Justice Ginsburg’s warning that the majority was entering a “minefield” in Hobby Lobby has already proven true. That minefield has included claims to even broader ACA exemptions by religious non-profits, similar exemption claims by individual employees and non-religious anti-abortion groups, and claims of religious exemption from issuing marriage licenses to LGBT couples under Obergefell.

Religious non-profits make even broader exemption claims after Hobby Lobby

Even before Hobby Lobby, the Obama administration had provided a voluntary accommodation in ACA regulations for churches, religious colleges, and other non-profit religious employers, allowing them to opt out of providing contraceptive coverage for employees in their insurance  plans, simply by filling out a government form and giving it to their insurer or notifying the government by letter, so that other arrangements could be made for their employees who wanted that coverage. Impelled by Hobby Lobby, however, a number of religious non-profits have objected to the accommodation and argued that simply requiring them to notify the government of their decision to opt out constitutes a “substantial burden” on their “exercise of religion” under RFRA and is invalid.

Until last month, every one of the seven federal appellate courts to have considered these RFRA claims has rejected them, often specifically focusing on the “substantial burden” issue. For example, the Second Circuit’s August decision inCatholic Health Care System v. Burwell explained, relying on prior Supreme Court decisions like Bowen, that the opt out notification requirement did not impair or substantially burden the non-profits’ “freedom to believe, express, and exercise” their religion. Instead, the court explained, the non-profits were effectively and improperly seeking “to control” their employees’ decisions concerning contraceptives by objecting to simply “identifying themselves as religious objectors,” going far beyond the protection provided by RFRA.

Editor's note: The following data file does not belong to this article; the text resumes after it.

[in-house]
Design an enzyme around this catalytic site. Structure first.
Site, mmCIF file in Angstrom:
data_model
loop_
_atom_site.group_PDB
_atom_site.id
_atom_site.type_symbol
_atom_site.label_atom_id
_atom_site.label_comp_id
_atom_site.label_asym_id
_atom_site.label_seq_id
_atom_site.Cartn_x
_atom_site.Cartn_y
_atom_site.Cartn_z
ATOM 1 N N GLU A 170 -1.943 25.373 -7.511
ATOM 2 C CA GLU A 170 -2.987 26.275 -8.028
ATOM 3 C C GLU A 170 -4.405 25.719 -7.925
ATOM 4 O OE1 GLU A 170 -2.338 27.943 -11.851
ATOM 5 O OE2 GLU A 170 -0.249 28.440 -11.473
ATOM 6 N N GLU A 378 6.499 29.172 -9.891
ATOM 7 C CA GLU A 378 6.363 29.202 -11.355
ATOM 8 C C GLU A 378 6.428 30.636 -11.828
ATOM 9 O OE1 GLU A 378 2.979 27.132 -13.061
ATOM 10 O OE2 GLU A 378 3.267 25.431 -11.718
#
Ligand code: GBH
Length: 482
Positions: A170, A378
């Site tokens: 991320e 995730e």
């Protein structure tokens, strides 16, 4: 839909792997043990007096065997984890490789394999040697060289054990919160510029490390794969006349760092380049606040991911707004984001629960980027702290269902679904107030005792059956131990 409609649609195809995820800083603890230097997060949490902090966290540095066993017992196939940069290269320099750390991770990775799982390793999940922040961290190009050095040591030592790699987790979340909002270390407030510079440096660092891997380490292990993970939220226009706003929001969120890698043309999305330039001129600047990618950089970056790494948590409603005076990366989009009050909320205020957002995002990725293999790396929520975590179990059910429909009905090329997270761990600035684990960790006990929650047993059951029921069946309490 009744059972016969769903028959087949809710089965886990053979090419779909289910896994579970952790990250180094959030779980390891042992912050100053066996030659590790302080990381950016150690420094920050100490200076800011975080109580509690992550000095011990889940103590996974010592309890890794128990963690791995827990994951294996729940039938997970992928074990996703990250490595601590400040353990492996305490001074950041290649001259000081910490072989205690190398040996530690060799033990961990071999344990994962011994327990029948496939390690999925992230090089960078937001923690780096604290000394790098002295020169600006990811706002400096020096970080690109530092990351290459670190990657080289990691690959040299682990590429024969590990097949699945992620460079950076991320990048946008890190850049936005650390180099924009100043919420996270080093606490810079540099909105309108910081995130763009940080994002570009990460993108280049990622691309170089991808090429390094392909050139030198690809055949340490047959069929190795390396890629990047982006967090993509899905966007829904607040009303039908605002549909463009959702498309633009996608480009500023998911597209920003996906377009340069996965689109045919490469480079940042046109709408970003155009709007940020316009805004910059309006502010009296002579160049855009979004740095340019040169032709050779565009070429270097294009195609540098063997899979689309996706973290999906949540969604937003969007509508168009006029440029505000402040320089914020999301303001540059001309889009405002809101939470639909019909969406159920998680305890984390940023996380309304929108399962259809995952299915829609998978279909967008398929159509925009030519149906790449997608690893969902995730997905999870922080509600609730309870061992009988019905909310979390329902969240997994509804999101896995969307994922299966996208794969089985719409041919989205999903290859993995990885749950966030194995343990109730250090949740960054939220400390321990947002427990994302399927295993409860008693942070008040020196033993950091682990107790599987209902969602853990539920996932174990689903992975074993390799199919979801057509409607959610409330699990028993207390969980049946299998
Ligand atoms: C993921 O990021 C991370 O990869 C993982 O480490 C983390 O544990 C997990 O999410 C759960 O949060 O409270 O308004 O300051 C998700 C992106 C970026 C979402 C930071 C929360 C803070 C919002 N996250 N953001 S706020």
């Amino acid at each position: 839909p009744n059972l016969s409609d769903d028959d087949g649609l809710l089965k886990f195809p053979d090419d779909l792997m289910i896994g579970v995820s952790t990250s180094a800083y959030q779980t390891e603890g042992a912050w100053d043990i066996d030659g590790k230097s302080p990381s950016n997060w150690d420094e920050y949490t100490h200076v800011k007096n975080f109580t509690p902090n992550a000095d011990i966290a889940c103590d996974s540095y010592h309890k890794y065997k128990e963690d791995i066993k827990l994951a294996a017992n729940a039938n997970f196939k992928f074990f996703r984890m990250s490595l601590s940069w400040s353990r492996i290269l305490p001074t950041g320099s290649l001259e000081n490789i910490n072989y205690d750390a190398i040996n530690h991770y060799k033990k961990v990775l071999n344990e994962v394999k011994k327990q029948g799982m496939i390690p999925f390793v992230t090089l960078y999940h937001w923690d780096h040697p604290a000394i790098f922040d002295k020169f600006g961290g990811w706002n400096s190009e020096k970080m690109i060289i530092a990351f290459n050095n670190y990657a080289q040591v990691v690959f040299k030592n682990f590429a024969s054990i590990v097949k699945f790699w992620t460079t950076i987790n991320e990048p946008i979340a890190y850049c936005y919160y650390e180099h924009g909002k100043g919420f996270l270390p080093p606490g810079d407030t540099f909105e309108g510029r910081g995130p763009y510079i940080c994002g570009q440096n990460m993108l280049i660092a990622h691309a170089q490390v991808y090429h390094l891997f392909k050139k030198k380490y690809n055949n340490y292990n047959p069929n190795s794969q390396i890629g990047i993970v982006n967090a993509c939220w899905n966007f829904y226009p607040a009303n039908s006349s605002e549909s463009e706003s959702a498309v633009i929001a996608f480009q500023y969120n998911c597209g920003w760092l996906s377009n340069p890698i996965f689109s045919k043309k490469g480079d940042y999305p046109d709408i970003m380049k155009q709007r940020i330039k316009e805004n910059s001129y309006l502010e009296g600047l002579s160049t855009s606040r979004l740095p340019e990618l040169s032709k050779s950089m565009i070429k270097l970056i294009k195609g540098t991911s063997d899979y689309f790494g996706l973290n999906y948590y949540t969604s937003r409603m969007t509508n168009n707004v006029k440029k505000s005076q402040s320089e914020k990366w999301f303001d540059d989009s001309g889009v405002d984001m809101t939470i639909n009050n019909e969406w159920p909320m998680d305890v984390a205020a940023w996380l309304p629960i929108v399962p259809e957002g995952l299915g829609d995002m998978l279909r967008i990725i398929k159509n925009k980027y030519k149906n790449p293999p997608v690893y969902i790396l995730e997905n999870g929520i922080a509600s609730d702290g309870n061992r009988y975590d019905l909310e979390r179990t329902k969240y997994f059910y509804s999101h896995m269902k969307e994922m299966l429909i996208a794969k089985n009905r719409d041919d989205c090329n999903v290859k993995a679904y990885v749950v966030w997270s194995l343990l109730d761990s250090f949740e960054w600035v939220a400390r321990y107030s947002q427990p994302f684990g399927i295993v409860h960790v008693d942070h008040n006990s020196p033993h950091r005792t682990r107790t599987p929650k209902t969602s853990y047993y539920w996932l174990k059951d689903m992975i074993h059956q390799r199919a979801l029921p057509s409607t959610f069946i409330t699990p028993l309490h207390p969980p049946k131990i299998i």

Last month, however, the Eighth Circuit Court of Appeals upheld these RFRA claims in Sharpe Holdings v. U.S. Department of HHS. It ruled that the non-profit institutions’ claim that their “sincere religious belief” was offended was enough to prove a “substantial burden,” and that the courts could not even question this claim, effectively granting them the ability to control the decisions of their employees and the third-party insurers that would provide the insurance coverage. Under that logic, the Supreme Court should have allowed the religious adherent’s objection to the use of Social Security numbers in Bowen to have prevailed, despite the lack of substantial burden on the actual free exercise of religion.

The Supreme Court has already been asked to review a number of these decisions, and the split among lower courts caused by the ruling in Sharpe Holdings makes it much more likely that it will do so. Given that even the 5-4 majority inHobby Lobby pointed to the then-existing religious accommodation as a way to alleviate the purported “substantial burden” on for-profit corporations like Hobby Lobby, there is reason to hope that the Court will do the right thing in this instance. But the potential harm to female employees of non-profits across the country stemming from Hobby Lobby’s rewriting of RFRA is serious.

Contraception exemption claims from individual employees and non-religious non-profits